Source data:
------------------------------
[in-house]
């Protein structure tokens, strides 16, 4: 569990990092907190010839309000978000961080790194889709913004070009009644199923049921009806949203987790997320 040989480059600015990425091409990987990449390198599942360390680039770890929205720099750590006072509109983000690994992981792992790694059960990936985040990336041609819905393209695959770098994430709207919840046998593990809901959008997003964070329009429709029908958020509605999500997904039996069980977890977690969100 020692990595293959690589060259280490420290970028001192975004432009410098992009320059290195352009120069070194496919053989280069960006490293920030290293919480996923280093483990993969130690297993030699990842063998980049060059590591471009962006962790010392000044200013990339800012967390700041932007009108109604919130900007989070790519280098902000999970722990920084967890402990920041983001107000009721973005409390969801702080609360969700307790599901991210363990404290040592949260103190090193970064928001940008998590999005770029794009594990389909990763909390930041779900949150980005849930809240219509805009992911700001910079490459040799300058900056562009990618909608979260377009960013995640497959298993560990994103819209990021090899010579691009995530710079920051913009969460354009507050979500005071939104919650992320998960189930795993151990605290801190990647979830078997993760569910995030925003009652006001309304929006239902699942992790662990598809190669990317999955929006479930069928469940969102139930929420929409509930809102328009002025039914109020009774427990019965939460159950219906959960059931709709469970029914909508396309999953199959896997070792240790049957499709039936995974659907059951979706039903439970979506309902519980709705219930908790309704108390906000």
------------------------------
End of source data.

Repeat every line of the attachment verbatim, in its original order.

[in-house]
């Protein structure tokens, strides 16, 4: 569990990092907190010839309000978000961080790194889709913004070009009644199923049921009806949203987790997320 040989480059600015990425091409990987990449390198599942360390680039770890929205720099750590006072509109983000690994992981792992790694059960990936985040990336041609819905393209695959770098994430709207919840046998593990809901959008997003964070329009429709029908958020509605999500997904039996069980977890977690969100 020692990595293959690589060259280490420290970028001192975004432009410098992009320059290195352009120069070194496919053989280069960006490293920030290293919480996923280093483990993969130690297993030699990842063998980049060059590591471009962006962790010392000044200013990339800012967390700041932007009108109604919130900007989070790519280098902000999970722990920084967890402990920041983001107000009721973005409390969801702080609360969700307790599901991210363990404290040592949260103190090193970064928001940008998590999005770029794009594990389909990763909390930041779900949150980005849930809240219509805009992911700001910079490459040799300058900056562009990618909608979260377009960013995640497959298993560990994103819209990021090899010579691009995530710079920051913009969460354009507050979500005071939104919650992320998960189930795993151990605290801190990647979830078997993760569910995030925003009652006001309304929006239902699942992790662990598809190669990317999955929006479930069928469940969102139930929420929409509930809102328009002025039914109020009774427990019965939460159950219906959960059931709709469970029914909508396309999953199959896997070792240790049957499709039936995974659907059951979706039903439970979506309902519980709705219930908790309704108390906000």